These days with online communications and dating sites and hook-up apps there’s a lot of leeway in dating and not enough old-fashioned respect for the romantic process—our dating endeavors are matched by our throw-away attitudes and quick to click, check ‘em out and check out if the slightest wrong answer or gesture is received (/perceived).

I get it. Weed through them, get to the sweet smelling buds, why waste time in the garden, right?

Remember when our parents met (or for some, our grandparents)? Those traditional times when people got to know each other, at least a little, before baring all—physically and emotionally. There’s a specialness to that.

And, yeah, there are those who met and knew right away, even back then. But they often still let that newness linger. They allowed discovery, the natural unrushed unfolding. Hearts unfurling. Butterflies even!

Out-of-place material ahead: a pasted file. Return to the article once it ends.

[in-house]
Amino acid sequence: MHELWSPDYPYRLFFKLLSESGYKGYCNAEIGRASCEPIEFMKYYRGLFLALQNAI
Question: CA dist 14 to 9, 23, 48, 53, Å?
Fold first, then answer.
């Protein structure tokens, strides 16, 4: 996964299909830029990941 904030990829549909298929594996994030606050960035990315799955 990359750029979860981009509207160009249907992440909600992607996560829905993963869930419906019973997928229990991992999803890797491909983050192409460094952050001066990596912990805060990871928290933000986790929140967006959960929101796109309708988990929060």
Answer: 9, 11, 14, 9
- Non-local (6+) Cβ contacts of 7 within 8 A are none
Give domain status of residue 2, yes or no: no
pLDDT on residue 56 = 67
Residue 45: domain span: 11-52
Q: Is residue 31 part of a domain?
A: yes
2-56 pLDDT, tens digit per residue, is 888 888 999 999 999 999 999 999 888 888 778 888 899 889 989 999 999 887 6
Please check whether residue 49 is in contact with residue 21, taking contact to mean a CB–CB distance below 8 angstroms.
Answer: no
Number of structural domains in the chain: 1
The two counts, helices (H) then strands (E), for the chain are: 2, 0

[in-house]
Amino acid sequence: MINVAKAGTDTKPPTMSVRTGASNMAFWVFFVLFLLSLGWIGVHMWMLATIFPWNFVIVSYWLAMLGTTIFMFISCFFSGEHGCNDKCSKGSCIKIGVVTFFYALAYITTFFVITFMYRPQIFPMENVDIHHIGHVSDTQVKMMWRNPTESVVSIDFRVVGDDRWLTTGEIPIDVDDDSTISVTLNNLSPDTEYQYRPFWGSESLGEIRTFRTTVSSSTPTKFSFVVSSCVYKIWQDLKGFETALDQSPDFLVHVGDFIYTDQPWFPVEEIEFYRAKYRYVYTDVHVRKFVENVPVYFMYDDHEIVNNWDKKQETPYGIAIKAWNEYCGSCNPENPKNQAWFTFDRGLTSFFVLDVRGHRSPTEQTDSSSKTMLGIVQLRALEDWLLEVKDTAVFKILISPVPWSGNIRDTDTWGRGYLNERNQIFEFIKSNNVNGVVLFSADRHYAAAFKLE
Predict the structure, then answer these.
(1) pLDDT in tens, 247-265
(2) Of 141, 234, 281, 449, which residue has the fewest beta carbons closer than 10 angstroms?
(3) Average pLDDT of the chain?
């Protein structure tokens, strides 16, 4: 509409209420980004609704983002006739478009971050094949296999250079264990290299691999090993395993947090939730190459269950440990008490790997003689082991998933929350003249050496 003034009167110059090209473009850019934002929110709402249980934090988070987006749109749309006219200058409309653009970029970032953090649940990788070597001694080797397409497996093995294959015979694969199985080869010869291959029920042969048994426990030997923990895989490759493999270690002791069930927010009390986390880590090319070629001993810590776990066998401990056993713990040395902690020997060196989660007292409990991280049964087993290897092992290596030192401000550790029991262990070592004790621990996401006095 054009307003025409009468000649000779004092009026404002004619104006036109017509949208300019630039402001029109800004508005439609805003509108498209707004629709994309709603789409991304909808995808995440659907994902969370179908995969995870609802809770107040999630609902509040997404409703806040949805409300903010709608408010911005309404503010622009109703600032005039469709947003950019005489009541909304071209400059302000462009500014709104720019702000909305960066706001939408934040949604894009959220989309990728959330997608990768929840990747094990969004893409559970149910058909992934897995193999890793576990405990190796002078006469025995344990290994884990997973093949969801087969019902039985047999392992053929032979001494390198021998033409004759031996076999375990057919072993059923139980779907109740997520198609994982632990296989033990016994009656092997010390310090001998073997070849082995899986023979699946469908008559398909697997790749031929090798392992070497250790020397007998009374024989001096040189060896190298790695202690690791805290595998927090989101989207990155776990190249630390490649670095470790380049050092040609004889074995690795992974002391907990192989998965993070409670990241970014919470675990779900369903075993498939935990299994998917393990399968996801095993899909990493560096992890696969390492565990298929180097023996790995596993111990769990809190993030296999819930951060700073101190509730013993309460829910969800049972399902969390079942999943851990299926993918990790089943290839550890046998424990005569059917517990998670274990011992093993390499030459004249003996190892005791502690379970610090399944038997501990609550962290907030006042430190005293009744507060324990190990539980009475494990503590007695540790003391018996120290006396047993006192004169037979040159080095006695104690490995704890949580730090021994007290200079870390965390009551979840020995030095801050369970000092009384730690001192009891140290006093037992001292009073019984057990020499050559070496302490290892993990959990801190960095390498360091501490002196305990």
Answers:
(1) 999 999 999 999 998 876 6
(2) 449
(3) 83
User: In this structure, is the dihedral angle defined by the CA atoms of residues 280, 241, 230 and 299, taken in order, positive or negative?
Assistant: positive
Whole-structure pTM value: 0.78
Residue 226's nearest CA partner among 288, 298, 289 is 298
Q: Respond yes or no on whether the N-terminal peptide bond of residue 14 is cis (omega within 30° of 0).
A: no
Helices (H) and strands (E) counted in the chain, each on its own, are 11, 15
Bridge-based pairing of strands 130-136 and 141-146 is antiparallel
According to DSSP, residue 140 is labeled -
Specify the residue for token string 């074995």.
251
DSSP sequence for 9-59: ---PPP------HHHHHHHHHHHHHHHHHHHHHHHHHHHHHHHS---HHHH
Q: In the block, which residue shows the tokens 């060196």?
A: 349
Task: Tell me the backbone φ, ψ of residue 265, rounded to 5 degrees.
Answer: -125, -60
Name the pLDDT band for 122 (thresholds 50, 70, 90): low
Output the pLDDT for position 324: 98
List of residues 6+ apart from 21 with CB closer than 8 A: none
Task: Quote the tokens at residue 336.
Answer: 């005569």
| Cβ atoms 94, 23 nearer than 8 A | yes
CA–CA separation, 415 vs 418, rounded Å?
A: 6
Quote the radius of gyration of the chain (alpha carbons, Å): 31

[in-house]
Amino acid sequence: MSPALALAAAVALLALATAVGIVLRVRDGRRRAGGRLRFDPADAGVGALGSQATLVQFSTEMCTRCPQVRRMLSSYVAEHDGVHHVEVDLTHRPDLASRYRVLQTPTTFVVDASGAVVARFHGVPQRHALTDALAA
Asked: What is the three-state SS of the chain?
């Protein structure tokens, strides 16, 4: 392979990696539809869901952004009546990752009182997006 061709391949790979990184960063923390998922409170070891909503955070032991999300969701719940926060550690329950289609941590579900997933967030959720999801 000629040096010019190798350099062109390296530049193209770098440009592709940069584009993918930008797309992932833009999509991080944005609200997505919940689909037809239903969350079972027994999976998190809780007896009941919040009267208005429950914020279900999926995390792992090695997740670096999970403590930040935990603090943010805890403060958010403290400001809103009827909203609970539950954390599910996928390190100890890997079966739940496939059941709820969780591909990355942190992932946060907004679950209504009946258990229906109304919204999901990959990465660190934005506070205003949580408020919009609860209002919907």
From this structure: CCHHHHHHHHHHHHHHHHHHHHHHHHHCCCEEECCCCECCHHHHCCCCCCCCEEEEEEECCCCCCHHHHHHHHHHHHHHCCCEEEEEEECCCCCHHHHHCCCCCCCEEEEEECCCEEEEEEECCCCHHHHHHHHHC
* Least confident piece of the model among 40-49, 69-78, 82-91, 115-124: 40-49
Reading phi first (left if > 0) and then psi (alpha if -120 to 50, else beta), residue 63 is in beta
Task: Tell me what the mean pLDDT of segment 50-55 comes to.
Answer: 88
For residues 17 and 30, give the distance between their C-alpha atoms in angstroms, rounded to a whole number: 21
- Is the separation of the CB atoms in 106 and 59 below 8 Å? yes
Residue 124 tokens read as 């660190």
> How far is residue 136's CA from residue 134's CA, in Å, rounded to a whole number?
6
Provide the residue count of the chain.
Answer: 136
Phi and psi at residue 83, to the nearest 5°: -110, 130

If one simply wants some quick turn around sheet tussle time then sure, go for it. But for those of us who’ve been through the gamut and would rather wait it out for making love—the kind that only time getting to know someone can do—then why hurry? Why not savour the novelty, the tummy flops, the glimmering eyes, the silly hope?

If s/he’s on the same page, s/he’ll stick around.

Ask anyone who’s been together a long time, like 30, 40, 50+ years long, who is still in love—in love—they’ll tell you they are with each others’ best friend.

Is it so awful to start as plain old regular “friends first” nowadays?

Maybe it doesn’t grow and doesn’t go anywhere or is one-sided—or no-sided and the relationship fades away like autumn’s early mist. Or there’s no chance of romance, no real potential of a physical relationship, but there’s enough to sustain a friendship.